“This is the moment we’ve been waiting for. For years I’ve been forced to stand by and watch as barroom dandies sully the world’s greatest drink with a range of inappropriate mixers and sacrilegious frills, but enough is enough. Whisky is something that should be appreciated in the pure, God-given form that its distillers intended, and now I’m going to prove that once and for all,” said Paterson who believes you should not even mix the golden liquid with ice.

Field on the other hand thinks anything goes as long as it’s a quality experience. “Single malt is a drink for anybody, anywhere, anyhow. The purists can complain about it as much as they like, but with the right mixers and a splash of imagination, it can be conjured into a world-beating taste experience that will knock the spots off anything the whisky snobs might offer,” said The Ritz barman.

“Their time is over, and I’m going to show the world how a new generation of drinkers takes theirs.”

Scheduled to be broadcast online at 7pm (ed: I am assuming GMT) on Thursday, July 16th, the showdown will see Paterson and Field go head to head in a fierce struggle already being billed as the whisky world’s answer to Ali V Foreman. Set against the backdrop of Jura’s spectacular island scenery, each will be forced to summon every last drop of their considerable expertise if they hope to carry the day.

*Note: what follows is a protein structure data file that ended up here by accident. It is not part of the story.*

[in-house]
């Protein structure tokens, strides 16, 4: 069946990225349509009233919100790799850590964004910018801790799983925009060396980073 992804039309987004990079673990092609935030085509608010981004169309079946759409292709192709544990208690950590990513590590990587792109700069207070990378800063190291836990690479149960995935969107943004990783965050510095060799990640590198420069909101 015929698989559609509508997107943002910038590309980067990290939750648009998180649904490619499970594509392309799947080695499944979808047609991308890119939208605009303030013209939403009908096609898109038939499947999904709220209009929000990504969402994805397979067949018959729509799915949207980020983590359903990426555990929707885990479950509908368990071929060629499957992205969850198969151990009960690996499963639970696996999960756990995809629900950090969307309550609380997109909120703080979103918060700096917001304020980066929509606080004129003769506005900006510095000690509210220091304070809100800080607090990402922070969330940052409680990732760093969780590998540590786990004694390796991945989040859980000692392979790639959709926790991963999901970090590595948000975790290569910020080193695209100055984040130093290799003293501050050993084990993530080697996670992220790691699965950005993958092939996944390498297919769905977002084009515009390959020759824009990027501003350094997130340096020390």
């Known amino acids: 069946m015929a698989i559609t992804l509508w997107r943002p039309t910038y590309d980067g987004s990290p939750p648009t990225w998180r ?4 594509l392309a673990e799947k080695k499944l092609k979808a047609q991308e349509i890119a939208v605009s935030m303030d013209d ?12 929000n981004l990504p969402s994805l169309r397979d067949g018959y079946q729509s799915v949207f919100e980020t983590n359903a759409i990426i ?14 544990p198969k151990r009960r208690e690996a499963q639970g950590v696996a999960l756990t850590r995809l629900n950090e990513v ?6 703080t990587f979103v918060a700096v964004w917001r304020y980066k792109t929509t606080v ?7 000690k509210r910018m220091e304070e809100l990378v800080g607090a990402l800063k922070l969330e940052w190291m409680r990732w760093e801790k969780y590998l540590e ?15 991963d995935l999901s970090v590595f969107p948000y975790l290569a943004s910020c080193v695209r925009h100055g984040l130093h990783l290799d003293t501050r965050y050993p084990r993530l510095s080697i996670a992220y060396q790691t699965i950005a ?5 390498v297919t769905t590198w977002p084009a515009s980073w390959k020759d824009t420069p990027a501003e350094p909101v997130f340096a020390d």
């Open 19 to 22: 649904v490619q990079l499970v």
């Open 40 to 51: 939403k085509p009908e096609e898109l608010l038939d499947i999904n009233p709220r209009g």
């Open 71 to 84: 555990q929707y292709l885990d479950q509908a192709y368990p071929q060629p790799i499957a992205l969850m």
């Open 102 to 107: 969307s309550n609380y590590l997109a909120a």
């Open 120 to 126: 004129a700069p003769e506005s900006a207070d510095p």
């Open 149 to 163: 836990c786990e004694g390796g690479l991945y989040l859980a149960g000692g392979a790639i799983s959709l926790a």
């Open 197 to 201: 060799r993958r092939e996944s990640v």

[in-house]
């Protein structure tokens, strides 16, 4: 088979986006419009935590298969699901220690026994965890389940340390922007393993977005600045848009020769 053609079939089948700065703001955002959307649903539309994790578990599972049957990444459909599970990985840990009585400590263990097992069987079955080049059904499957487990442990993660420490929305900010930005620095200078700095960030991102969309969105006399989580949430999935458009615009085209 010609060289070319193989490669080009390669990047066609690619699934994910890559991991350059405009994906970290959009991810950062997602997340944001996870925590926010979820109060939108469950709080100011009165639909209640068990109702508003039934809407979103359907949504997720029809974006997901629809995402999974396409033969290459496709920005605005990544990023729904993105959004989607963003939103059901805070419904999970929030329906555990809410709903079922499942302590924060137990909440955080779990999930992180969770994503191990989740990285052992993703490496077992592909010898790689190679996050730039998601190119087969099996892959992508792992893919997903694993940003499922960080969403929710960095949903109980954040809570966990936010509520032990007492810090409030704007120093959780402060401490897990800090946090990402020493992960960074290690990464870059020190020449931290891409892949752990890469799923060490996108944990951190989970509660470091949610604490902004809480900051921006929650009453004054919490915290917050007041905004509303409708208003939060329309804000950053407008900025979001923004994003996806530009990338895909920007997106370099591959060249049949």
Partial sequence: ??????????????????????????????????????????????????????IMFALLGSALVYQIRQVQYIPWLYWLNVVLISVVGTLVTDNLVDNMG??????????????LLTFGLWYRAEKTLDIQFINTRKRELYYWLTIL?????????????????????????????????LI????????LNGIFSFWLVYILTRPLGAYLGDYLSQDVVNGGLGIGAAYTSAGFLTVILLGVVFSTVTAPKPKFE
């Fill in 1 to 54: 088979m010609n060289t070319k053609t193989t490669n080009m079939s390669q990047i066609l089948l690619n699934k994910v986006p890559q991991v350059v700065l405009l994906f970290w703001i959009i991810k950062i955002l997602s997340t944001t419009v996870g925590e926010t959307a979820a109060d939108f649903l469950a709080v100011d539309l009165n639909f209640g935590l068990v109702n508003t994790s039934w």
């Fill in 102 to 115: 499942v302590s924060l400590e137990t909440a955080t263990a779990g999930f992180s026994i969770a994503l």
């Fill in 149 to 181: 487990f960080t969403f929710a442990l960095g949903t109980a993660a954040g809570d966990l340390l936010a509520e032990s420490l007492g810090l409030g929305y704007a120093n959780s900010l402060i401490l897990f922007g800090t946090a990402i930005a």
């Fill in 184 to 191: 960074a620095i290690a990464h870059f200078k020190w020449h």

To see what promises to be a feisty broadcast please visit the Jura website on on Thursday this week.

Watch the YouTube trailer.

Production over 25 years has been flat

According to a letter published today in The Herald the production of LPA (litres pure alcohol) of Scotch Whisky has not changed much over the past 25 years.

a total growth of 1.14% over the 25-year span, equivalent to an annual growth in physical volumes of 0.145%.

At least that’s what Donald Blair contends in a report published in September last year entitled The Global Scotch Whisky Industry: Hit or Myth – a 25-year study

I used independent research commissioned and published by the Scotch Whisky Association to estimate that, had the Scotch whisky industry matched general global economic growth during the 25-year period studied (conservatively estimated at around 1.5% a year in real terms by some researchers), there would have been around 16,700 new jobs necessarily created in Scotland to meet the increased global demand for Scotch. The jobs foregone through the industry’s minuscule growth in the past 25 years thus put Diageo’s potential 900 job losses in the shade.